Senior horses might have a hard time maintaining weight.
Horses 18 years of age and older are considered geriatric or senior horses. Some horses, like some humans, age more gracefully than others. Frequently, older horses struggle to maintain a healthy body weight.
The reduced ability to absorb nutrients from the diet
As horses age, the wear and tear of a lifetime of exposure to parasites and other damaging events negatively affect the efficiency of their gastrointestinal tract. Even horses on stringent deworming schedules can have some damage from parasites. Combine that with worn teeth and aging digestive tissues, and you have a horse that can no longer maintain his or her weight. In this case, addressing dental problems, maintaining healthy digestive tract tissues, and adding easy-to-digest, energy-dense calories to the diet are your goal.
First things first
If your horse starts to lose weight, it is best to call your veterinarian and arrange for a complete physical to rule out any medical conditions that need to be addressed. Have your equine dentist or veterinarian check your horse’s teeth and remedy any issues that affect his ability to chew food properly. If dental issues are severe, you may need to incorporate easy-to-chew feedstuffs into the diet.
Fiber, the foundation of your horse’s diet
If your horse has a dental problem that makes chewing hay difficult, you can provide fiber alternatives such as chopped hay, soaked hay cubes, or pellets. Including additional easy-to-digest fiber sources like beet pulp and soybean hulls will improve the health of your horse’s digestive tract and add energy to the diet. These ingredients are often found in good quality senior feeds. Beware of “high fiber” feeds that include rice hulls, oat hulls, peanut hulls, or cottonseed hulls, as these sources of fiber are indigestible and will not add calories. Your horse’s digestive tract requires a certain amount of “long” fiber to remain healthy, so continue to offer good quality hay. Less mature cuttings should be easier to chew. Fresh pasture is ideal, if available, for horses that can still graze.
Offering energy-dense feed sources is an excellent strategy to help put and keep weight on an older horse. Supplements containing high-fat stabilized rice bran that have a balanced Ca:P ratio (Equi-Jewel is a good example) are ideal for adding calories to the diet without the risk of mineral imbalances or grain overload. Rice bran is rich in fat, which provides 2.25 times as much energy as grains. Rice bran supplements can help reduce the amount of sugar and starch in the diet. Blended fat supplements, (EndurExtra, for example) supply a mix of fats that provide additional benefits. For instance, fat from flax adds valuable omega-3 fatty acids to the diet. Blended fats can often be fed in relatively small amounts because they contain higher fat levels and are packed with much-needed calories. A good quality commercial feed offered at recommended levels and supplemented with a high-fat product reduces the risk of colic, laminitis, and metabolic syndrome, while still supplying adequate energy, vitamin, and mineral support.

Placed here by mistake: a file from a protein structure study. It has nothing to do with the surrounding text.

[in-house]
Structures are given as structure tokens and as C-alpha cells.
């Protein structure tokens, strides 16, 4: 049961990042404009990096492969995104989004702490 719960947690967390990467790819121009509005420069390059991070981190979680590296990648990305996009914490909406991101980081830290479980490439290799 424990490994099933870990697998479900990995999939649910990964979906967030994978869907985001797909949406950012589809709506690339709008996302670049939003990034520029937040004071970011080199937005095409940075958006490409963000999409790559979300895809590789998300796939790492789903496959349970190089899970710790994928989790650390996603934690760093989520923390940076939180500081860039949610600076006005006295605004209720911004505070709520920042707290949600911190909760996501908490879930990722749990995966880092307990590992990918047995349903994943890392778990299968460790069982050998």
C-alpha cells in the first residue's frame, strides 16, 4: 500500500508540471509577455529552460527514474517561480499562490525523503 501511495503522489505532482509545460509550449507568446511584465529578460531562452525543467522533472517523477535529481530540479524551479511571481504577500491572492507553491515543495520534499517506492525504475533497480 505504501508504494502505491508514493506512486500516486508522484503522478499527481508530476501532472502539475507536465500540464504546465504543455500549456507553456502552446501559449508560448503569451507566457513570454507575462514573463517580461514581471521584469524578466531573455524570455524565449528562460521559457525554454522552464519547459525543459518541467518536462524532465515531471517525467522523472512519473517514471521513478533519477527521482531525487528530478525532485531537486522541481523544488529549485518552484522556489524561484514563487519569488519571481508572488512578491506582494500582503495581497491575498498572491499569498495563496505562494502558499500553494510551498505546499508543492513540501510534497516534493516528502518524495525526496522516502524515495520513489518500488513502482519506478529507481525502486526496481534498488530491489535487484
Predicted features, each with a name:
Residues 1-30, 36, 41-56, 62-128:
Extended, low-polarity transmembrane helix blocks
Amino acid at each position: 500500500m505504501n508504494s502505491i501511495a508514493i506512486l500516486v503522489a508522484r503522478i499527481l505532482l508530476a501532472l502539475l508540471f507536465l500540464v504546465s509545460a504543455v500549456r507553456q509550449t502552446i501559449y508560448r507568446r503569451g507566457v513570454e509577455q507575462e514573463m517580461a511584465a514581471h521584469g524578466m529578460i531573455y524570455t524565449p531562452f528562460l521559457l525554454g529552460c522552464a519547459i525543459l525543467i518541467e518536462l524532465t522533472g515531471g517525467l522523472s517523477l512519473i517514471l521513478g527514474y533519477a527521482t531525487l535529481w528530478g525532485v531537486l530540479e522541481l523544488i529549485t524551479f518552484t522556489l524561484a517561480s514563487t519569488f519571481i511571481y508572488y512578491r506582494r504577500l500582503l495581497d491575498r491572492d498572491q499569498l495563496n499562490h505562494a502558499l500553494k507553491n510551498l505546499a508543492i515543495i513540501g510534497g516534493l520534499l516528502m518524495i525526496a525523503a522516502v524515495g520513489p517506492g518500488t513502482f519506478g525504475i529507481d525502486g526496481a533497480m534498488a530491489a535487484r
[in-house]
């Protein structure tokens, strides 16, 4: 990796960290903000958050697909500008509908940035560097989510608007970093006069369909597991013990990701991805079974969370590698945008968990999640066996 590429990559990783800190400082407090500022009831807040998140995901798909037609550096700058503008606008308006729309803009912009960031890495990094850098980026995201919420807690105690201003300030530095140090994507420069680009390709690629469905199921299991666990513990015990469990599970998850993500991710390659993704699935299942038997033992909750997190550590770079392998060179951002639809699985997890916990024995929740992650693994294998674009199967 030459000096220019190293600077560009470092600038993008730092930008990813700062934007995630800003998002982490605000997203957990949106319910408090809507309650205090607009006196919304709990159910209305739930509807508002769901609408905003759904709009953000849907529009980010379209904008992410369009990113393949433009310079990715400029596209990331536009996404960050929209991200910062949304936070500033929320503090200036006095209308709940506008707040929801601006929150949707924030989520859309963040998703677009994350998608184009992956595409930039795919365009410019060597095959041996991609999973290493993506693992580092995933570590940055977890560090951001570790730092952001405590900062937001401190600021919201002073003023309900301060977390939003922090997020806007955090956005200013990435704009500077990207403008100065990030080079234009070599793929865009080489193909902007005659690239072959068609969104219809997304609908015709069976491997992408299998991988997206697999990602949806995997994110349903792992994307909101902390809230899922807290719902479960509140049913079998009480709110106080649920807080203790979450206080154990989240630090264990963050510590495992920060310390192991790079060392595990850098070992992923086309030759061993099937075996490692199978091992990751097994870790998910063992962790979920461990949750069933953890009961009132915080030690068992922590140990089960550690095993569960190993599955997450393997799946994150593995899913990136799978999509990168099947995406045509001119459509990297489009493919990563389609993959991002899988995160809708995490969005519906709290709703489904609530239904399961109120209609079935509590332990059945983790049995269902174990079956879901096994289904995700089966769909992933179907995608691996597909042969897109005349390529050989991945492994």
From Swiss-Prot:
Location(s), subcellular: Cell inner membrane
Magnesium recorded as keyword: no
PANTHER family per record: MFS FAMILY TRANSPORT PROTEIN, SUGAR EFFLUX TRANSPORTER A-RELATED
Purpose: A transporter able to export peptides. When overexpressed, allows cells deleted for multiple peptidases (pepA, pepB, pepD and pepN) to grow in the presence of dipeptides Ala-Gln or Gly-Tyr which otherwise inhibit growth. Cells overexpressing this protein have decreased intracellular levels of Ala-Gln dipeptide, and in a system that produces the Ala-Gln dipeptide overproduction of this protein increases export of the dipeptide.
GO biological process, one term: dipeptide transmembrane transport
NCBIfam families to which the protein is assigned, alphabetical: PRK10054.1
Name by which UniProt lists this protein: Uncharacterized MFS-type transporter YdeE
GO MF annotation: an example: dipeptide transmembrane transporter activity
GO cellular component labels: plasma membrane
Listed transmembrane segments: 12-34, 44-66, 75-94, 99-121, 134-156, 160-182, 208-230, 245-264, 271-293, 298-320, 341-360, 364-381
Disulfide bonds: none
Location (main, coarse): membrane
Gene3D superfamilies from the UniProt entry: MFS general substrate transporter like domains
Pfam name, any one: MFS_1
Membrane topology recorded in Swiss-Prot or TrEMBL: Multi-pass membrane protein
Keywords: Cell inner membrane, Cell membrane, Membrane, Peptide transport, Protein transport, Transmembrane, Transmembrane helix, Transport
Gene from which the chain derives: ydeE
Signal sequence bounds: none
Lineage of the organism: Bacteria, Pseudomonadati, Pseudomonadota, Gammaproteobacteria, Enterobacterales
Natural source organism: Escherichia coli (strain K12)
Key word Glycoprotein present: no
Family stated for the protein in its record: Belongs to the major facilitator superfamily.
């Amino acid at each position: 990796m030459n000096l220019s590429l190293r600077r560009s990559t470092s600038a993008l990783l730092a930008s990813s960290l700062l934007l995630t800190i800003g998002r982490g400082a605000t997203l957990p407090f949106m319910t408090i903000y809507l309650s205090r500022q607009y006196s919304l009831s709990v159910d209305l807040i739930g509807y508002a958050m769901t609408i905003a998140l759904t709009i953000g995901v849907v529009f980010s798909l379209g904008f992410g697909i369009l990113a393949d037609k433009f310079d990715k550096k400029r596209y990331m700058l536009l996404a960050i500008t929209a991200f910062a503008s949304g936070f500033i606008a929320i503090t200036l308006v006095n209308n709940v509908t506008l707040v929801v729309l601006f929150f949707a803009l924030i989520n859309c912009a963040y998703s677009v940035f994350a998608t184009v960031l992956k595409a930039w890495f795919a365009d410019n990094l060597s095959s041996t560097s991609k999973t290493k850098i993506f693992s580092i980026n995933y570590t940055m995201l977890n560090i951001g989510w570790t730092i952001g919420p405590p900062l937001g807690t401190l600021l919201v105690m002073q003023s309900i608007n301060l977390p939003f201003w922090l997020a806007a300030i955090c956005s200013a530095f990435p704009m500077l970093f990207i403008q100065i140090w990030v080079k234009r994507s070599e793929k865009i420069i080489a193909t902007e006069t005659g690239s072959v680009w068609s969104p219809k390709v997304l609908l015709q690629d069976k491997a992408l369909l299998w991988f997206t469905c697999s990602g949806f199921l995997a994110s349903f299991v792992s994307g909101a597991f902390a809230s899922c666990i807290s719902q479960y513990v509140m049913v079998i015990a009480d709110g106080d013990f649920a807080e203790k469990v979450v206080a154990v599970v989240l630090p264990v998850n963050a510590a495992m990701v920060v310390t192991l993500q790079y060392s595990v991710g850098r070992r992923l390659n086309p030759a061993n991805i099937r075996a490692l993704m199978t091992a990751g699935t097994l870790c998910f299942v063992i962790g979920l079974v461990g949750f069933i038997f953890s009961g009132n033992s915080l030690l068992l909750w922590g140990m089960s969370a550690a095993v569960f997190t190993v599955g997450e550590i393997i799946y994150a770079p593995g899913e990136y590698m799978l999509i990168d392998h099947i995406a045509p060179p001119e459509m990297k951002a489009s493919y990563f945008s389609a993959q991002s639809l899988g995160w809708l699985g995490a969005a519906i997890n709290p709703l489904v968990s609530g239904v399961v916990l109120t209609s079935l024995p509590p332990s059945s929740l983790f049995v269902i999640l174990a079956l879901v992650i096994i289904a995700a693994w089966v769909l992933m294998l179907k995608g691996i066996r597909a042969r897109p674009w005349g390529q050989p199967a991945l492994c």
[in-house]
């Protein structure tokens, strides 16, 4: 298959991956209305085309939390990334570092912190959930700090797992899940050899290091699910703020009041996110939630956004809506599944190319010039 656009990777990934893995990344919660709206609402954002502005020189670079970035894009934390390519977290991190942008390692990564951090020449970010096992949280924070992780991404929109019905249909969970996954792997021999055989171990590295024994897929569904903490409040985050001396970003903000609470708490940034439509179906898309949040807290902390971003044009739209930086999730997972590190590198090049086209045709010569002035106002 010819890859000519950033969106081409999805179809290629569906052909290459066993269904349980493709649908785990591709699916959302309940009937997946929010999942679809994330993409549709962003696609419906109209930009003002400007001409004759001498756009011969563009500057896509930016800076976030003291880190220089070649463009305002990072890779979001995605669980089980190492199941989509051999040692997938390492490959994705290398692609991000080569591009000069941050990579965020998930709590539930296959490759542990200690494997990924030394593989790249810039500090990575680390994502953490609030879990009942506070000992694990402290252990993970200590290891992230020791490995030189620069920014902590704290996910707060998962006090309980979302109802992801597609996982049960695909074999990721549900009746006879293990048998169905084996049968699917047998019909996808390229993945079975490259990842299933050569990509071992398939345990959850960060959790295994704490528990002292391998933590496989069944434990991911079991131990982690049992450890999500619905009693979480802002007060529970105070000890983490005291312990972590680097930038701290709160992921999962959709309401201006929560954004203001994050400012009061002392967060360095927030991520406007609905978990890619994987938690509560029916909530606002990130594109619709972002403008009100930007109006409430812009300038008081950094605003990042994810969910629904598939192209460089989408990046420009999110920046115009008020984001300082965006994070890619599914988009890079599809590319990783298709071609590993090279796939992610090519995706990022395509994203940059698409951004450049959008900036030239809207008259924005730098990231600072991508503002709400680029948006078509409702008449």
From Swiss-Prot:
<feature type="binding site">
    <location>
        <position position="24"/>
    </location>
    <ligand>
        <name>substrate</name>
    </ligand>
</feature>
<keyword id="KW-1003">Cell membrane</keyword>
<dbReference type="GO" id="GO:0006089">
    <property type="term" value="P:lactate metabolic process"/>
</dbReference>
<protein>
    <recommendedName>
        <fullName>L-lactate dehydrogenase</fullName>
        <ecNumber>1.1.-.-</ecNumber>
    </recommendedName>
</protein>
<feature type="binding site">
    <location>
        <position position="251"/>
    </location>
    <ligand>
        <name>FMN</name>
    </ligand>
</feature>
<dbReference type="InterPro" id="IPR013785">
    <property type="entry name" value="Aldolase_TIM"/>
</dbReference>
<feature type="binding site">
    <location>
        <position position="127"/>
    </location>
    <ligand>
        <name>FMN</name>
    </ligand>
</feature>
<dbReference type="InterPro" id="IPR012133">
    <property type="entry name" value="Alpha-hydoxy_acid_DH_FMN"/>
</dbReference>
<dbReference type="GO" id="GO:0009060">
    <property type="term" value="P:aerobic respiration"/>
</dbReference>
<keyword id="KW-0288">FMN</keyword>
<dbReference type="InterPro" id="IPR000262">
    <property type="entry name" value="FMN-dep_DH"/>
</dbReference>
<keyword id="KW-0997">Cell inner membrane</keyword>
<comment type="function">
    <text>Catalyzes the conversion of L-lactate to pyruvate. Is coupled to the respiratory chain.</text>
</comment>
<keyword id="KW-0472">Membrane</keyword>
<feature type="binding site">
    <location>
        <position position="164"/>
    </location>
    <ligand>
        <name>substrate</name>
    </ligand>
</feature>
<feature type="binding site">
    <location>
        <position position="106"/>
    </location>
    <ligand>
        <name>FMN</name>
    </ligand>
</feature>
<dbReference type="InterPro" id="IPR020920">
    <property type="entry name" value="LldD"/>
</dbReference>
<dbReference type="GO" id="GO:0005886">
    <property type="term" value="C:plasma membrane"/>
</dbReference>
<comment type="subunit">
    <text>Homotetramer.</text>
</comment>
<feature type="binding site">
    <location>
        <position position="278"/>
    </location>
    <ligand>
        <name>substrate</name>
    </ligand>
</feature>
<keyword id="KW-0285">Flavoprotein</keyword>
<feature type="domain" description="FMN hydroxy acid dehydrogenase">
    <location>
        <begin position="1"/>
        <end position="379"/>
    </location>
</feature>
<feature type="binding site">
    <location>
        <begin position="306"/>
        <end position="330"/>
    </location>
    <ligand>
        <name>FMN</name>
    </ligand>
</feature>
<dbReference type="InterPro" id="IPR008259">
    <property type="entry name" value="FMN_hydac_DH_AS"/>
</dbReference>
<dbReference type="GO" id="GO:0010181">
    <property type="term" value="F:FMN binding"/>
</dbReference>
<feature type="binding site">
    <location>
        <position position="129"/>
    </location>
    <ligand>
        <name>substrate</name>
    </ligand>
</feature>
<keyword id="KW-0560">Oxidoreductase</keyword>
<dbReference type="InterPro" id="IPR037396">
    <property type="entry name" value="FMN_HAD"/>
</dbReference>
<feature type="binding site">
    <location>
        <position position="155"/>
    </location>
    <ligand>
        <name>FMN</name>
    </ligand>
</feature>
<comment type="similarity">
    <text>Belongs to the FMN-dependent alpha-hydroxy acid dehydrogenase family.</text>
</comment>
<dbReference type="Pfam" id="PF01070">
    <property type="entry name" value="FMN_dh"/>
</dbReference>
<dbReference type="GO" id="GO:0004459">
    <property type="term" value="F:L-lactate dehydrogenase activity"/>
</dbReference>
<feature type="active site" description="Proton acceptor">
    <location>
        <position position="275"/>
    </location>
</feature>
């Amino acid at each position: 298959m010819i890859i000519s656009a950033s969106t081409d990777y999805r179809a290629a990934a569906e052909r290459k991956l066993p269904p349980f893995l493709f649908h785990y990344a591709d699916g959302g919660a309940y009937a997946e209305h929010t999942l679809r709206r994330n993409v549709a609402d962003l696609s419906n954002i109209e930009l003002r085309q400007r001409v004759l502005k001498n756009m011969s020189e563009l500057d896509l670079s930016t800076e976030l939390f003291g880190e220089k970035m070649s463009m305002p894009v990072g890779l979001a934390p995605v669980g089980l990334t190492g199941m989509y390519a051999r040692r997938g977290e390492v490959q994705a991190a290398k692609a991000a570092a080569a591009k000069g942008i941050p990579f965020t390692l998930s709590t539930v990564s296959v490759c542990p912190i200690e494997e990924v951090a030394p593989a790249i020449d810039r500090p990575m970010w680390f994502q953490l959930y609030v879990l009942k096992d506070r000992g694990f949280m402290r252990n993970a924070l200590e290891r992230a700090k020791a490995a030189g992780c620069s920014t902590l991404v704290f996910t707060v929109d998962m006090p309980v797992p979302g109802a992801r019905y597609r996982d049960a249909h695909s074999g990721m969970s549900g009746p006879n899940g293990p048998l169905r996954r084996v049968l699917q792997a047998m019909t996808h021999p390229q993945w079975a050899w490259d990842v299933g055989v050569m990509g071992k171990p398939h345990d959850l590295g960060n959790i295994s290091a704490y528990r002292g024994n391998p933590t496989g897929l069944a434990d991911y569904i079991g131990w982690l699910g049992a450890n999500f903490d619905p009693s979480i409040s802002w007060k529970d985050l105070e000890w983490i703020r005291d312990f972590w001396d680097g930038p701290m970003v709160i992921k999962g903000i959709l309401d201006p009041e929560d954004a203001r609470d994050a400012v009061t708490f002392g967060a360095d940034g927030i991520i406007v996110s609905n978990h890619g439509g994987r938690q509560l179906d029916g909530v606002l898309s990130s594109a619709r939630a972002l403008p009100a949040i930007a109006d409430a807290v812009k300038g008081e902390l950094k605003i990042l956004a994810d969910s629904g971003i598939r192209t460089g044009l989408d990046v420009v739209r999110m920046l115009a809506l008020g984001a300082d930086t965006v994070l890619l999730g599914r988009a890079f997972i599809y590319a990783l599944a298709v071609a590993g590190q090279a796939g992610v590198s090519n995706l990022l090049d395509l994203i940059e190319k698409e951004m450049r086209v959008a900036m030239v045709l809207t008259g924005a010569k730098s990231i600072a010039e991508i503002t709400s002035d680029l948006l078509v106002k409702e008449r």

Digestive tract support
Supplements that provide a combination of stomach protection and ingredients that support healthy GI tract tissues and microbial populations—the way Neigh-Lox Advanced does— enhance the digestibility of the entire diet and stimulate the appetite. This translates into better “gas mileage” from each pound of feed your horse consumes. A healthy population of microbes in the horse’s gut synthesize vitamins more efficiently and digest fiber more effectively. Keeping the level of inflammation in the digestive tract low and nourishing the GI tract tissues go a long way toward reducing the incidence of colic, diarrhea, and laminitis that can plague older horses.
Additional nutrients that support healthy systems
Older horses than don’t have long-term, daily access to fresh green grass (because it isn’t available or they can’t tolerate it) will need additional natural vitamin E, such as Elevate Maintenance Powder. Vitamin E is quickly leached out of grass when it is cut for hay. Most concentrates contain insufficient levels of natural vitamin E or they contain synthetic vitamin E which is poorly absorbed. Vitamin E is an essential nutrient that supports normal nerve and muscle function and plays a role in a strong immune system.
Many equine diets are lacking in omega-3 fatty acids. Older horses benefit from omega-3s because they support lower levels of inflammation throughout the body. A well-balanced omgea-3 fatty acid supplement (Contribute) will help maintain healthier systems so seniors feel better overall.
Living longer with improved management
Due to improved management, medical care and nutrition, horses are living longer. Properly accessing and managing the challenges facing your senior horse can increase both the length and quality of his or her life.
Article written by KPP staff.
Copyright (C) 2017 Kentucky Performance Products, LLC. All rights reserved.
About Kentucky Performance Products, LLC:
Need to sustain a healthy hindgut?
Ask your vet about WeightGainWise™.
- Contains a concentrated blend of easy-to-digest, calorie-dense fats. Add as little as ½ pound per day (8 oz) to the diet.
- Provides prebiotics and probiotics that support optimal digestibility of your horse’s ration and stimulates a healthy appetite.
- Supports a calm and focused attitude by reducing the hormone spikes related to excessive starch/sugar intake.
- Sustains healthy metabolism by providing calories low in starch and sugar.
For more information, visit KPPvet.com.